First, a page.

LEXINGTON, Ky. (Oct. 19, 2017) — Two weeks from today, a new play by Raegan Payne will have its world premiere in Lexington with four performances running Nov. 2-4, at the Farish Theater at Lexington Public Library's central location in downtown Lexington. “Timeless” is a dark sci-fi comedy in which four scientists have discovered the fountain of youth in a new stem cell procedure. In one night they question history, women’s place in science and the value of time as they wrestle with the fate of an overcrowded Earth.
“Timeless” won the biennial Prize for Women Playwrights from the Kentucky Women Writers Conference, chosen by internationally renowned playwright Martyna Majok. Independently produced and directed by Eric Seale, in collaboration with Kentucky Women Writers Conference and the University of Kentucky College of Arts and Sciences, “Timeless” features a top-notch cast of Kentucky actors whose names will be familiar to local theater audiences: Debbie Sharp as Wanda, Forrest Loeffler as Austin, Bailey Preston as Becca, and Darius Fatemi as Christopher. Born in Murray and raised in Louisville, Payne is the first playwright with Kentucky roots to win the contest.
Dramatizing medical research as a subject came naturally to Payne. “I was pre-med in school for a bit, and was always really strong in the biological sciences. In January 2014, a Japanese team of scientists published an article in Nature announcing the very breakthrough we talk about in ‘Timeless,’ the ability to rapidly reproduce stem cells. They later had to retract the announcement, but I was still fascinated. Stem cell technology has the potential to repair joint, muscle, spinal cords, almost anything in the human body. It could drastically change the quality of life.”
For this fourth cycle of the biennial contest, over 180 submissions were received from 31 different states in the U.S. plus Canada and New Zealand. A panel of Lexington theater professionals — Alana Ghent, Robin Kunkel, Eric Seale, Deborah Sharpe and Jessica York — reviewed the submissions blindly, with playwrights’ identities hidden, narrowing the field to five finalists. From those finalists Majok chose “Timeless.”
Payne is an award-winning playwright whose plays are regularly produced and performed in the U.S. and internationally. She just completed her newest play, “The Dying Declaration of Madge Oberholtzer,” as part of the Scripps Ranch Theatre’s New Works Studio in San Diego. Payne is also a proud member of Ammunition Theatre Company’s writing group in Los Angeles. Next year she is looking forward to being part of Iceland’s Klaustrid Artists Residency. Payne currently lives in Southern California. To find out more about the playwright and her work, follow her Twitter account at https://twitter.com/raeganpayne or visit her blog at http://thegoodmuse.com.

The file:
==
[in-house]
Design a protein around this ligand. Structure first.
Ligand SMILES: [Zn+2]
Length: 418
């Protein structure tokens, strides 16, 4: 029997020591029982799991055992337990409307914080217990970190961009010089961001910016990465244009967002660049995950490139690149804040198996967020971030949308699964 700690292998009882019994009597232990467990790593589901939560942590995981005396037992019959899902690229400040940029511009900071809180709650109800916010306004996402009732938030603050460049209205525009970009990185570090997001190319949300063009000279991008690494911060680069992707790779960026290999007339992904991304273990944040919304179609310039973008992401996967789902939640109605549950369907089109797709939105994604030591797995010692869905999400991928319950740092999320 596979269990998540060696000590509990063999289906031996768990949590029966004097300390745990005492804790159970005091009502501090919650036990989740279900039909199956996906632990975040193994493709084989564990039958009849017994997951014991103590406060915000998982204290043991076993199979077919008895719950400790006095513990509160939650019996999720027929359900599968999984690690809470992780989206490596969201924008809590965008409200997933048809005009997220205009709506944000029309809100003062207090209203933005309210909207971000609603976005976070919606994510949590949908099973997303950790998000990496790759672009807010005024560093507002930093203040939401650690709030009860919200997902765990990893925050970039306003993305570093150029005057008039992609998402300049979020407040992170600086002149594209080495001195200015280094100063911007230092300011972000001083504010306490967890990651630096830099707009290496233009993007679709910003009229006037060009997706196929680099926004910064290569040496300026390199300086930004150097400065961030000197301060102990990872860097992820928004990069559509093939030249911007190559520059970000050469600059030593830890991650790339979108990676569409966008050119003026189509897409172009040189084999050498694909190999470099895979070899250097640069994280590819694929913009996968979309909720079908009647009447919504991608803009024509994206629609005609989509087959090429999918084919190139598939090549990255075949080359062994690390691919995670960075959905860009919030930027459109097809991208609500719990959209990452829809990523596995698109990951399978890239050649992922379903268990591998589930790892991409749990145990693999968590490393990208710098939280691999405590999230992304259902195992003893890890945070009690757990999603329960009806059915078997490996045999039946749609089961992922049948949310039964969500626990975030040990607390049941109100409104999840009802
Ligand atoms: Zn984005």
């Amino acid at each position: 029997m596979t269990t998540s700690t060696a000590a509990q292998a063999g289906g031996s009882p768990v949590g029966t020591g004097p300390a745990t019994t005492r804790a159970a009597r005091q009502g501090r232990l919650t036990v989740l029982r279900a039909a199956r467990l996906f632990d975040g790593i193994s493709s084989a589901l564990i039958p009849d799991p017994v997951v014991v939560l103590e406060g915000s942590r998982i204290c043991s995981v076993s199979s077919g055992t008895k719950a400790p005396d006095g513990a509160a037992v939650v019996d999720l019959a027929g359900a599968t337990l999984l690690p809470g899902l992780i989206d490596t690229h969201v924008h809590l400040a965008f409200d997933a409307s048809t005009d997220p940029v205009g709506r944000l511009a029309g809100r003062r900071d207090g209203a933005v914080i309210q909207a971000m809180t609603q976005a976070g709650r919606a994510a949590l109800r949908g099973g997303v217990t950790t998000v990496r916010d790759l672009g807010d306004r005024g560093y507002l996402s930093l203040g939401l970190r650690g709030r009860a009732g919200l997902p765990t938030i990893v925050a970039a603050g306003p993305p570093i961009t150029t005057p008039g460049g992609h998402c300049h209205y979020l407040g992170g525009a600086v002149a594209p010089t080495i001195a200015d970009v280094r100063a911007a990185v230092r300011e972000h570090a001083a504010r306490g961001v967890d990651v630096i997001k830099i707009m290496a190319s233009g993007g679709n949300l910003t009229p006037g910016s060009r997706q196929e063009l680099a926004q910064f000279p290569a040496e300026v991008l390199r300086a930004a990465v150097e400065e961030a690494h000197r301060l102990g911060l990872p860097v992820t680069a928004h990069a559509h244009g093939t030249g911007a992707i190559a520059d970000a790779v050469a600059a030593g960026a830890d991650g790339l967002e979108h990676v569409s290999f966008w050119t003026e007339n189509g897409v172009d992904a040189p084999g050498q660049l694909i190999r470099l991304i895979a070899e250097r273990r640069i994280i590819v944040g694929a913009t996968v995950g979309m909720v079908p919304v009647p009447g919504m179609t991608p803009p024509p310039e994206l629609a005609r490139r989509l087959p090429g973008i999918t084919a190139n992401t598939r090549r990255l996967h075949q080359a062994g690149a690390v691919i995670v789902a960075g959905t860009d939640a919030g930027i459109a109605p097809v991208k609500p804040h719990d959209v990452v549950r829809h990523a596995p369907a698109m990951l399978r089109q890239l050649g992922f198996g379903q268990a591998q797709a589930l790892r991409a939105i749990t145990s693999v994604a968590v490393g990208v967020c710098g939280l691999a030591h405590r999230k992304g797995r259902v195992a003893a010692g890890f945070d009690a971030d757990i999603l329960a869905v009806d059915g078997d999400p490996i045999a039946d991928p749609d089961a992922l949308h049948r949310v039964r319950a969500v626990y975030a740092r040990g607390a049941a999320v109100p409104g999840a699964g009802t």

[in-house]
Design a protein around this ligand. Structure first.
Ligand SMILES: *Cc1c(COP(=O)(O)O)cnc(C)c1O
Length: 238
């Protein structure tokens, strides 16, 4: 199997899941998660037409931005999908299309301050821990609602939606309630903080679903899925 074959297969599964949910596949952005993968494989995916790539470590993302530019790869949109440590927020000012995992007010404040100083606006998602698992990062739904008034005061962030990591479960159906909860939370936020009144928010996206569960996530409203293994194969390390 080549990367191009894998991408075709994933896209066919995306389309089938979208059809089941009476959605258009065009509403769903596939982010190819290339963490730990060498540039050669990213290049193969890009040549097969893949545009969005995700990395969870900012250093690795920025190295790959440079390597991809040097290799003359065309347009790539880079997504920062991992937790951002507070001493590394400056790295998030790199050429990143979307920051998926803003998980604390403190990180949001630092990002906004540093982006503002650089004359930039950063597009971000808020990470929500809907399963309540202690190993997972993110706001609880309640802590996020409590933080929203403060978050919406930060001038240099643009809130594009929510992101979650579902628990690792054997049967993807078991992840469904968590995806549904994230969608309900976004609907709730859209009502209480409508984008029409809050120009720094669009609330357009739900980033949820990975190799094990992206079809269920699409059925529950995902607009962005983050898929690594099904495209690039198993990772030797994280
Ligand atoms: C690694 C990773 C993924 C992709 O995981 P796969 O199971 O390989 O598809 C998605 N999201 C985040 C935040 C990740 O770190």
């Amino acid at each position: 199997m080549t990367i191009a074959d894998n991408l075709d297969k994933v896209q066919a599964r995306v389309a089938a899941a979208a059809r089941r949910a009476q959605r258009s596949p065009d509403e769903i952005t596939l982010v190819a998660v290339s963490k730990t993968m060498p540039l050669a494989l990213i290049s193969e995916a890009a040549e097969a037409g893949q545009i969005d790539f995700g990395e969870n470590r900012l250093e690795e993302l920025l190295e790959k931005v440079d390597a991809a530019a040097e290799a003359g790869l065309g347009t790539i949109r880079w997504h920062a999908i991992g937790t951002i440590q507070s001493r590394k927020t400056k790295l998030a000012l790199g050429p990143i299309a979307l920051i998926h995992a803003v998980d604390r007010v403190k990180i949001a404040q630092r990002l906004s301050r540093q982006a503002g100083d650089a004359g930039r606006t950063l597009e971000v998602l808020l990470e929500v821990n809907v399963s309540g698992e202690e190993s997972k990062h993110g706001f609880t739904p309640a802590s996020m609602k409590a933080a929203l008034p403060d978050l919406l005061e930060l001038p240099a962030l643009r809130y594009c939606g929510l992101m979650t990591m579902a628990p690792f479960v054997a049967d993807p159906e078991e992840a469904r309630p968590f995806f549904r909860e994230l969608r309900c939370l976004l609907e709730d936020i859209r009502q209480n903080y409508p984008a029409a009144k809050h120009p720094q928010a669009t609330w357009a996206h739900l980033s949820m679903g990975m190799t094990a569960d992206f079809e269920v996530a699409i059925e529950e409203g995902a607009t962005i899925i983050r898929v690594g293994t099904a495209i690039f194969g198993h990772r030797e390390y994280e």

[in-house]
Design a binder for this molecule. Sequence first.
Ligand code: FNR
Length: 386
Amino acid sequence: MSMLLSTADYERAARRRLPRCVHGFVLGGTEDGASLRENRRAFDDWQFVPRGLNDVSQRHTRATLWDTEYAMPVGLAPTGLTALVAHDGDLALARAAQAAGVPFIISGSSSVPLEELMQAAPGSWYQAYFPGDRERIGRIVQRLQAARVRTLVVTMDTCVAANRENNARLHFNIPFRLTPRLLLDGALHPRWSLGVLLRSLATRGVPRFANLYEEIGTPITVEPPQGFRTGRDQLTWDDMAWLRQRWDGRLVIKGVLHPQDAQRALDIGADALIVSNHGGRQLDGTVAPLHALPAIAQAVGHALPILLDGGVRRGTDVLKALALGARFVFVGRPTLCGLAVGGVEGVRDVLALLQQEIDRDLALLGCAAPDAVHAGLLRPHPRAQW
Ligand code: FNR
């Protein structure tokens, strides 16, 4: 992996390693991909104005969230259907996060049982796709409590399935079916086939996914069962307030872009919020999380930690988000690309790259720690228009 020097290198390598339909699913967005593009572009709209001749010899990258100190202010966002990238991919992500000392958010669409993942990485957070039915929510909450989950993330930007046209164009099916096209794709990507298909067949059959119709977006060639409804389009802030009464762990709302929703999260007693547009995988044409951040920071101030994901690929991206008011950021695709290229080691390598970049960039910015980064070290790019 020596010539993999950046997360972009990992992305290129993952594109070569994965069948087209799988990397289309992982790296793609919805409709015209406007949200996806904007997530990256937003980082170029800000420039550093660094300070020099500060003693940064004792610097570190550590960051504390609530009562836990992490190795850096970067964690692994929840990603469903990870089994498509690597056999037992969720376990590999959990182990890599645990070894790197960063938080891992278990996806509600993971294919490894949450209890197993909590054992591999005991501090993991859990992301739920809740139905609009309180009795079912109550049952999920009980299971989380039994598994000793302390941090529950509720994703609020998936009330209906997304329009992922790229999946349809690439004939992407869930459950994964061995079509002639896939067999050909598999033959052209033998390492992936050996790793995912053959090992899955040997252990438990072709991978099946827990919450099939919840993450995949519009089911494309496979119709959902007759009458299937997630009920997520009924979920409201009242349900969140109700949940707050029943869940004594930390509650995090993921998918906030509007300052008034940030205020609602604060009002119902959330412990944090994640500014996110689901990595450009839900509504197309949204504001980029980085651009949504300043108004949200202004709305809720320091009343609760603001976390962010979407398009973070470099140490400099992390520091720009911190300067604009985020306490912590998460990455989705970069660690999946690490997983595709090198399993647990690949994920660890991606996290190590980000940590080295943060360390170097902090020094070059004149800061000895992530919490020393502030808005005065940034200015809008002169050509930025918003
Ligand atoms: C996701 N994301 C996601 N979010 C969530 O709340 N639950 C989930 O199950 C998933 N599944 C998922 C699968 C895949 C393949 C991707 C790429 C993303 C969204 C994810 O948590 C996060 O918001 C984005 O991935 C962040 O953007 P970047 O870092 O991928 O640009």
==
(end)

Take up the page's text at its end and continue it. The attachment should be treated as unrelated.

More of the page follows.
Director Eric Seale is known for mounting challenging plays and developing new works, especially from contemporary women playwrights such as Carson Kreitzer, Sarah Ruhl and Laura Wade. He produced and directed the previous winner of this prize, “The Silent Woman” by Lydia Blaisdell, which ran two years ago to sold-out audiences. Throughout his career, Seale has been drawn to stories that explore science, history and society, including his 2012 production of “The Love Song of J. Robert Oppenheimer.”
Performance dates of “Timeless” are 7:30 p.m. Thursday, Friday and Saturday, Nov. 2-4, and 2 p.m. Saturday, Nov. 4, at the Farish Theater. The Saturday matinee will be followed by a conversation with the playwright. Tickets are $15 for general admission and $10 for students with a valid ID. In addition, $8 rush tickets will be available for students 15 minutes before curtain. To purchase tickets call 859-257-2874 or visit online at https://womenwriters.as.uky.edu/playwriting-prize.
The Kentucky Women Writers Conference is an annual event known for bringing notable women writers, including playwrights, to Lexington for readings, writing workshops and discussions. A program housed in the UK College of Arts and Sciences, the conference is made possible in part by continued community partnerships, including its primary venue, the Carnegie Center for Literacy and Learning.